Our planet faces an unprecedented civilizational crisis thanks to the adverse effects generated by Climate Change and the increase in anthropogenic activities. These phenomena prevent the biocapacity of the Earth regenerate lost natural resources, as has been studied by various organizations, such as the Global Footprint Network.
This organization points out that food production uses about half of the Earth's biocapacity to satisfy human consumption. For its part, the Intergovernmental Group of Experts on Climate Change (IPCC) points out that agriculture, forestry and other types of land use use represent 23% of the emissions of greenhouse gases.
It is imminent that the use of natural resources for human consumption needs to have an urgent shift towards approaches that contribute to a sustainable management. The Scolel'te Program was originated with the concern to explore sustainable productive alternatives in rural areas, that are under vulnerable conditions.
It has been a pioneer for more than two decades in collaborating with smallholders suitable for the conservation and management of natural resources, so they can develop participatory approaches that allows them to have a rational use of their resources and to contribute to finding different sources of incomes.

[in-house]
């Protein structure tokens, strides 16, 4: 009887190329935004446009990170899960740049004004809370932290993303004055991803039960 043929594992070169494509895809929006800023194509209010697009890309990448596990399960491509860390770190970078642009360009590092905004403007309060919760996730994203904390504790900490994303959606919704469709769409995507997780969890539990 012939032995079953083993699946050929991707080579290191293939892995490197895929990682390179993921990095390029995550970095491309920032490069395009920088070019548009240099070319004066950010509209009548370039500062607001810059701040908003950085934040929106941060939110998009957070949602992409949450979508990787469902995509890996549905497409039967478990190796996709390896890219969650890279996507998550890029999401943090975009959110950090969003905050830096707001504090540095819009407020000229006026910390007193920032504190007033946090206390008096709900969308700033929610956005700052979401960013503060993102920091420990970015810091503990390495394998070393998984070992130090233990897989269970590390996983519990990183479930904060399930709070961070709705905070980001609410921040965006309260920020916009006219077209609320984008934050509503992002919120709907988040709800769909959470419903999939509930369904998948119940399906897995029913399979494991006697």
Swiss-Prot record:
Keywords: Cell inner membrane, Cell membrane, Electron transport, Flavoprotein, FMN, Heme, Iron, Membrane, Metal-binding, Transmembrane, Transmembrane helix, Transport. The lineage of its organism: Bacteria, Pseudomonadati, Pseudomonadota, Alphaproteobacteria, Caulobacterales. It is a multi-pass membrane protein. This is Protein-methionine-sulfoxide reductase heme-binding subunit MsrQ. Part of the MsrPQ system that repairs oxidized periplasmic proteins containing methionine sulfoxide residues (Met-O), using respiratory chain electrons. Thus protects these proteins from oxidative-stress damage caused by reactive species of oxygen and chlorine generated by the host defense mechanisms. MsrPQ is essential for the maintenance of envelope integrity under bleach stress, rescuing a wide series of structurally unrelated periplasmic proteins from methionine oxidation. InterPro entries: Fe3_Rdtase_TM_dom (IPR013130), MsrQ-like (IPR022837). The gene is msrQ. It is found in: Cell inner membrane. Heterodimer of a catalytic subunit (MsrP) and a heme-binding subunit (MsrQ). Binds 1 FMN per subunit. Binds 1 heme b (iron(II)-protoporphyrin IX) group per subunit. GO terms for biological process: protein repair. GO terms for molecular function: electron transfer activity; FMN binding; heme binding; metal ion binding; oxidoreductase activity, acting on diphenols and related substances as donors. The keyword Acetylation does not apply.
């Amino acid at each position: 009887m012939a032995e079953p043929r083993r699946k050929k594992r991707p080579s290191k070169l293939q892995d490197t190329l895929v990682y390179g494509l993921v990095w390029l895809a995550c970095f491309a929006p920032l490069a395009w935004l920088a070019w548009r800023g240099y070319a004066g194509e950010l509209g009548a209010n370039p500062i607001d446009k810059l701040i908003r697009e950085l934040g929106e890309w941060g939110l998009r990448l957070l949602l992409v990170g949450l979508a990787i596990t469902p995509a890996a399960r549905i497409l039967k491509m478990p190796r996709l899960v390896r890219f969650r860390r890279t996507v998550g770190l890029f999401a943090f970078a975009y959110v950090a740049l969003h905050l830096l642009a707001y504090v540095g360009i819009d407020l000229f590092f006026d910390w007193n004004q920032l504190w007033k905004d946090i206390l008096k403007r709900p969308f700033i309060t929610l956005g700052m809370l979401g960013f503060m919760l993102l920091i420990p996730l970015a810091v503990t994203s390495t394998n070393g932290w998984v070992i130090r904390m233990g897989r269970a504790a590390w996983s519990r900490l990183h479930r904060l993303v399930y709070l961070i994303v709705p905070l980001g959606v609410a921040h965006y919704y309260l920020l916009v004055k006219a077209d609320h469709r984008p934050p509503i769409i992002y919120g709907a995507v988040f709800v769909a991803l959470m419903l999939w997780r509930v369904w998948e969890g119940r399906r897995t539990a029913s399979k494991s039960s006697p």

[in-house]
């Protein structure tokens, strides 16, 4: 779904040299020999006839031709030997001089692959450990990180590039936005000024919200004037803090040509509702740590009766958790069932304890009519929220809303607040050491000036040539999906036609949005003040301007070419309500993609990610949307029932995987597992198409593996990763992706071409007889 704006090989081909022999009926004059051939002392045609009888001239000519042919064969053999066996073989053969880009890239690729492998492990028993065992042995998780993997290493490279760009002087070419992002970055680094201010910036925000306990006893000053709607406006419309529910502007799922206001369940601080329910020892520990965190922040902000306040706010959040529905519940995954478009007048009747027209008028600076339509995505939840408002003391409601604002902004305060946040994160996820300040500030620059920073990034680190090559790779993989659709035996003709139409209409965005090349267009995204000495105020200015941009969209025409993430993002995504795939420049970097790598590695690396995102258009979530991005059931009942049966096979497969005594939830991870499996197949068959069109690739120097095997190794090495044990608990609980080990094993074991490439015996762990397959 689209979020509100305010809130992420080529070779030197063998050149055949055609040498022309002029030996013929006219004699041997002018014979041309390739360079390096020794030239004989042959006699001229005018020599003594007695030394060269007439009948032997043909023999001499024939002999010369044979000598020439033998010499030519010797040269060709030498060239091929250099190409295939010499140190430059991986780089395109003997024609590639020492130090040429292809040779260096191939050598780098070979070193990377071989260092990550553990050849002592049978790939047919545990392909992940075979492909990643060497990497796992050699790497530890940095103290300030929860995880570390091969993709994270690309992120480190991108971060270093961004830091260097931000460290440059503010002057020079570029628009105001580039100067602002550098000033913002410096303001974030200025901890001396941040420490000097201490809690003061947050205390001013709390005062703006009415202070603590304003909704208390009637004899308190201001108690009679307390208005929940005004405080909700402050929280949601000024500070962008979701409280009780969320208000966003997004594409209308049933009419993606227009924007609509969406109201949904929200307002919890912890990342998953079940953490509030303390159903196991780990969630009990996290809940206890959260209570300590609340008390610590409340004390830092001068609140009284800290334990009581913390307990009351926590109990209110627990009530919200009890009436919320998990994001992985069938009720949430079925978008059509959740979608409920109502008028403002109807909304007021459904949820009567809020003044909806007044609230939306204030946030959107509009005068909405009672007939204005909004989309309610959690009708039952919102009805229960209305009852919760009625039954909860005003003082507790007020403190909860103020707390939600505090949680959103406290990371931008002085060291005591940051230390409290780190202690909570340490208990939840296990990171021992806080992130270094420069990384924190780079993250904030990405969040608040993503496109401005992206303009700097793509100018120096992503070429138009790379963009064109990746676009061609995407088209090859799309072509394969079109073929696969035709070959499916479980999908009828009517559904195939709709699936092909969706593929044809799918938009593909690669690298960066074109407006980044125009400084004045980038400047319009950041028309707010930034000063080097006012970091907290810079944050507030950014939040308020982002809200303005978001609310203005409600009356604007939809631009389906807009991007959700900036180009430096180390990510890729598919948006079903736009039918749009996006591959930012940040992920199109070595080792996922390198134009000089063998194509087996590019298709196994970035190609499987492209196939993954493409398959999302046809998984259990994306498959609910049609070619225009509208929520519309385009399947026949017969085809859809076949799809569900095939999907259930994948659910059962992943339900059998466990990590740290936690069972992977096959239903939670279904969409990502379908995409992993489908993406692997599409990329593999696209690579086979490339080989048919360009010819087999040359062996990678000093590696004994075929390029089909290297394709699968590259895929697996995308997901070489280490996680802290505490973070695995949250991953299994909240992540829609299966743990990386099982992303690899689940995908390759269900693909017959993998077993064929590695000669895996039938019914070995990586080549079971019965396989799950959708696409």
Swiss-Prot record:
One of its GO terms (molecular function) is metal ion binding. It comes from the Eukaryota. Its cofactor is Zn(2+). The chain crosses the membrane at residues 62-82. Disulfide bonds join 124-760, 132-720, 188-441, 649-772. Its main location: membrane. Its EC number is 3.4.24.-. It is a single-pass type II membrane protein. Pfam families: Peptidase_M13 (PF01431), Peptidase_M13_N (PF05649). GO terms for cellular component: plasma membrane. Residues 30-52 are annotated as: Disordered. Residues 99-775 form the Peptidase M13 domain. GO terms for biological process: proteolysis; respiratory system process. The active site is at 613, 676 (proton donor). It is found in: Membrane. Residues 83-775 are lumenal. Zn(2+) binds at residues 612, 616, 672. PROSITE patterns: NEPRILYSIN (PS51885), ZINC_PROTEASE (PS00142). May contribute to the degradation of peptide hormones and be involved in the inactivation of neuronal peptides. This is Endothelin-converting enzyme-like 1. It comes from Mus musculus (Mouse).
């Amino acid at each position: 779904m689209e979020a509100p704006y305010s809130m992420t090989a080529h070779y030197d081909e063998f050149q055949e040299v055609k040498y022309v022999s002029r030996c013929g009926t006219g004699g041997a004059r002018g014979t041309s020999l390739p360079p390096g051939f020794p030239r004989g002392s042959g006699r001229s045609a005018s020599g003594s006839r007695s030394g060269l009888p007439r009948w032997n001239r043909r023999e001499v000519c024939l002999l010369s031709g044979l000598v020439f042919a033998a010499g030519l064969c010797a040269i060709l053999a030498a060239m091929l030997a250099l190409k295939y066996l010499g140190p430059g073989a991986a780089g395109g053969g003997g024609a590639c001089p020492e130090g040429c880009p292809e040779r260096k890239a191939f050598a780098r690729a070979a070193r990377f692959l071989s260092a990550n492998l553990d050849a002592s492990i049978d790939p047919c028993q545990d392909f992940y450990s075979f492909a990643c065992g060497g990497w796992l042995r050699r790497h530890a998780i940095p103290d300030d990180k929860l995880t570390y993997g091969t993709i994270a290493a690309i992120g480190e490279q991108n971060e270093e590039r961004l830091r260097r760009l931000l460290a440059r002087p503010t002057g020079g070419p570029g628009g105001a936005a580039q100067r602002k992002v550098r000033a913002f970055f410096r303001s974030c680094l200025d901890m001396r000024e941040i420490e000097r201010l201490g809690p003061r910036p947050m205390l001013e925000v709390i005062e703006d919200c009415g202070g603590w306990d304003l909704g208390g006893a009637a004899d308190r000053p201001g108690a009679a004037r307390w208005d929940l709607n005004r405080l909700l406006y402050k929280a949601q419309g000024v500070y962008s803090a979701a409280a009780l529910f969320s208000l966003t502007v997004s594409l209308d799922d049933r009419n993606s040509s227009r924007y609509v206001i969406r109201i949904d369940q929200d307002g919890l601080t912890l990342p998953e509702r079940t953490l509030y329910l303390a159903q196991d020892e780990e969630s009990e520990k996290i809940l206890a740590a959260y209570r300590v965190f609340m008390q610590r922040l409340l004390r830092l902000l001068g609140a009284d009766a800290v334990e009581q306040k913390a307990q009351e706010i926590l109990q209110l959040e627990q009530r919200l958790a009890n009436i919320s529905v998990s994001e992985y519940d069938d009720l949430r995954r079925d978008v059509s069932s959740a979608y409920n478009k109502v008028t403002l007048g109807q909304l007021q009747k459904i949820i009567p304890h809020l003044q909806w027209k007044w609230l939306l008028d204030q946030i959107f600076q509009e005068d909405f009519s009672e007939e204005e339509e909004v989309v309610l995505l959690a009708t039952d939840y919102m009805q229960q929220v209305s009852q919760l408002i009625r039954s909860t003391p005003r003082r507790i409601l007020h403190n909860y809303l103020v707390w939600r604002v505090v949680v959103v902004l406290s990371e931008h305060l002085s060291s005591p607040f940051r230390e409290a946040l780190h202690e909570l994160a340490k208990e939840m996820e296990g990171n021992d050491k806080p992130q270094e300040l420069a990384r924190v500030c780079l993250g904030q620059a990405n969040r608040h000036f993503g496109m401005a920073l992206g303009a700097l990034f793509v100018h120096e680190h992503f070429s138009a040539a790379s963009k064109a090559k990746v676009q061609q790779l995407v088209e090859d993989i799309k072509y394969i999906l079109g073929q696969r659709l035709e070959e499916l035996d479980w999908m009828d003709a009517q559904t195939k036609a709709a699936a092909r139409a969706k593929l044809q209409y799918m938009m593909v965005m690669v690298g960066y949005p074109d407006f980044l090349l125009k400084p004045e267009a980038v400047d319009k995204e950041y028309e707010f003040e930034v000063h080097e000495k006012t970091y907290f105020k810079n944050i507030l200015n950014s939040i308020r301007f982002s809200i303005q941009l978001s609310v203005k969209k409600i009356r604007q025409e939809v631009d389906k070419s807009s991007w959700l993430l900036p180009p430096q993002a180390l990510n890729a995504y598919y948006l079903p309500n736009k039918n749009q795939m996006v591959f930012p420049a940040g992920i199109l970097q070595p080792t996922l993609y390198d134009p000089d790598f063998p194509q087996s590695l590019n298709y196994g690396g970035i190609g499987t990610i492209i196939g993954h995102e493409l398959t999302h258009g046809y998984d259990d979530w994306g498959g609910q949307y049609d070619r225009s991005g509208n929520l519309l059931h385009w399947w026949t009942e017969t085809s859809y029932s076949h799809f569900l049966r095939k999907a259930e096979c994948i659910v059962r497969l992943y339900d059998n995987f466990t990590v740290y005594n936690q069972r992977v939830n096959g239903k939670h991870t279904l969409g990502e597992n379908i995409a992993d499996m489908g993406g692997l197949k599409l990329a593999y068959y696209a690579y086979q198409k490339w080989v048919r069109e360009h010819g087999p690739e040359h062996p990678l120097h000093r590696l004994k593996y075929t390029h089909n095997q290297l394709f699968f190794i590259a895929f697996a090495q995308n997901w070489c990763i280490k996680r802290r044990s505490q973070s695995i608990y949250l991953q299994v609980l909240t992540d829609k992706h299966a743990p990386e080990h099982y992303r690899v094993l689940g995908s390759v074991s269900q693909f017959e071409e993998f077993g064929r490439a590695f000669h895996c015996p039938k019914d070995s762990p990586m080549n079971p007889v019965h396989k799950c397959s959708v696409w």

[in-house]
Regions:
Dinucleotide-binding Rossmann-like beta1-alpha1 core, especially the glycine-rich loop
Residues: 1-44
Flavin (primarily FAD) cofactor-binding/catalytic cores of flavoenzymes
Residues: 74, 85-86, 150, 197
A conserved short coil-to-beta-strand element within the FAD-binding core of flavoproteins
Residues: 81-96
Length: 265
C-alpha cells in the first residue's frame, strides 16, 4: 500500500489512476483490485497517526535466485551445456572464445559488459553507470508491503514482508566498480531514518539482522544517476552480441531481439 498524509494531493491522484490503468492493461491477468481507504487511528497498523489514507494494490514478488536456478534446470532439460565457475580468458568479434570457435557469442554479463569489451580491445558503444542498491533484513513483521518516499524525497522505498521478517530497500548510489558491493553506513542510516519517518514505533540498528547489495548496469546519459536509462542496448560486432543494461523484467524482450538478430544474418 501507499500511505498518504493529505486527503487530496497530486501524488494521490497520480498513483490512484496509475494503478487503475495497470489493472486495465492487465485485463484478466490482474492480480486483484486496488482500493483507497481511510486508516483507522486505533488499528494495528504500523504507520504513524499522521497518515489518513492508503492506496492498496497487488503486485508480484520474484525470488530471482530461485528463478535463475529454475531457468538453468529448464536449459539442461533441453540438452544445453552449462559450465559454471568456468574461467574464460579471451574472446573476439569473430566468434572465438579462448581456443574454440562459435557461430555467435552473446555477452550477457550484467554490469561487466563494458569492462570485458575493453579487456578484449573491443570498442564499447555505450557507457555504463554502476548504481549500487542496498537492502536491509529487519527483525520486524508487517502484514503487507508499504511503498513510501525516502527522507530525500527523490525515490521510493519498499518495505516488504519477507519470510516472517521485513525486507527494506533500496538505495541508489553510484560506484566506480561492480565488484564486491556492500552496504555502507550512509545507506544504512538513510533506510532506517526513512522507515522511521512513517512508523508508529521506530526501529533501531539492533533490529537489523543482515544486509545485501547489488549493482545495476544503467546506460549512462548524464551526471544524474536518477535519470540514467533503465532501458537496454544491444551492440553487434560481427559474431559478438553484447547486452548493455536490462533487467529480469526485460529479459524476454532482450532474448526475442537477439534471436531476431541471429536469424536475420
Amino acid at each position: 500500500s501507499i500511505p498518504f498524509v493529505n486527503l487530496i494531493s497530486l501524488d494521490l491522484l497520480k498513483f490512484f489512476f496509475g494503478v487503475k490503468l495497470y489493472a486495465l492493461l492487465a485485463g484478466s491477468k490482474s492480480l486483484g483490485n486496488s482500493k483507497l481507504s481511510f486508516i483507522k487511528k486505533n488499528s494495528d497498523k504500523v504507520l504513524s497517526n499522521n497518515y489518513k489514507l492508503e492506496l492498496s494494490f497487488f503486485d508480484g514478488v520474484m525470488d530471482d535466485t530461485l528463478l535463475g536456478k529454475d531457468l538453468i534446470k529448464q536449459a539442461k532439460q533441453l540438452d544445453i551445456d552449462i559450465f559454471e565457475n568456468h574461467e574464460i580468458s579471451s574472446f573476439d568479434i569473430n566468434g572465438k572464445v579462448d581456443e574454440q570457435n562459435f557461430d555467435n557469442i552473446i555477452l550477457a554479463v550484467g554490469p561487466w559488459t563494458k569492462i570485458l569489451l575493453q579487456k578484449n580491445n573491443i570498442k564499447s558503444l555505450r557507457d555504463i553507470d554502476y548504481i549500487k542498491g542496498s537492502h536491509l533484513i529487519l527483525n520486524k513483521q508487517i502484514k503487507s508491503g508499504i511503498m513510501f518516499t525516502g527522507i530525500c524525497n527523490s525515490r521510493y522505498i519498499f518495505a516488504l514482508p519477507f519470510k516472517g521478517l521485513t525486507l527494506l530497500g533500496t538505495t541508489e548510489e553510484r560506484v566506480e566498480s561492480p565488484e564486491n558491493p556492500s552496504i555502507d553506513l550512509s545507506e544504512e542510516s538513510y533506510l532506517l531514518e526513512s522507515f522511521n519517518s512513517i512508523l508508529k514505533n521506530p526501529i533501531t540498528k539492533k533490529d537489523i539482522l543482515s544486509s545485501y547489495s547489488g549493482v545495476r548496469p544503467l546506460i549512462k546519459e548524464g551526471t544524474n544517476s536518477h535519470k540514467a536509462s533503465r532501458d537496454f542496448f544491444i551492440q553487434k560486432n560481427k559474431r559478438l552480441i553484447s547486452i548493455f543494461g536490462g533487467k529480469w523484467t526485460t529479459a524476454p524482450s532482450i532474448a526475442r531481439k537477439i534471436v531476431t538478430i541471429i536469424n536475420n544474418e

Scolel'te was one of the first projects worldwide to explore environmental market mechanisms that encourage conservation through the implementation of ecosystem services payments, for the work carried out by farmers to restore and for management of forests.
The program contributed with its experience to the design of the Plan Vivo Standard, which participates in the Voluntary Carbon Market and which favors the work with smallholders and communities, by using participatory models that contribute to governance. In addition, Plan Vivo seeks to generate benefit schemes that prioritize the impact on carbon, biodiversity and an equitable distribution of livelihoods.
Currently Scolel´te participates in the review of the strengths and challenges together with the Plan Vivo Standard, to respond to the new climate scenario generated from the signing of the Paris Agreement (2016), which commits a vast majority of countries to act with mechanisms that make possible to face the current climate crisis.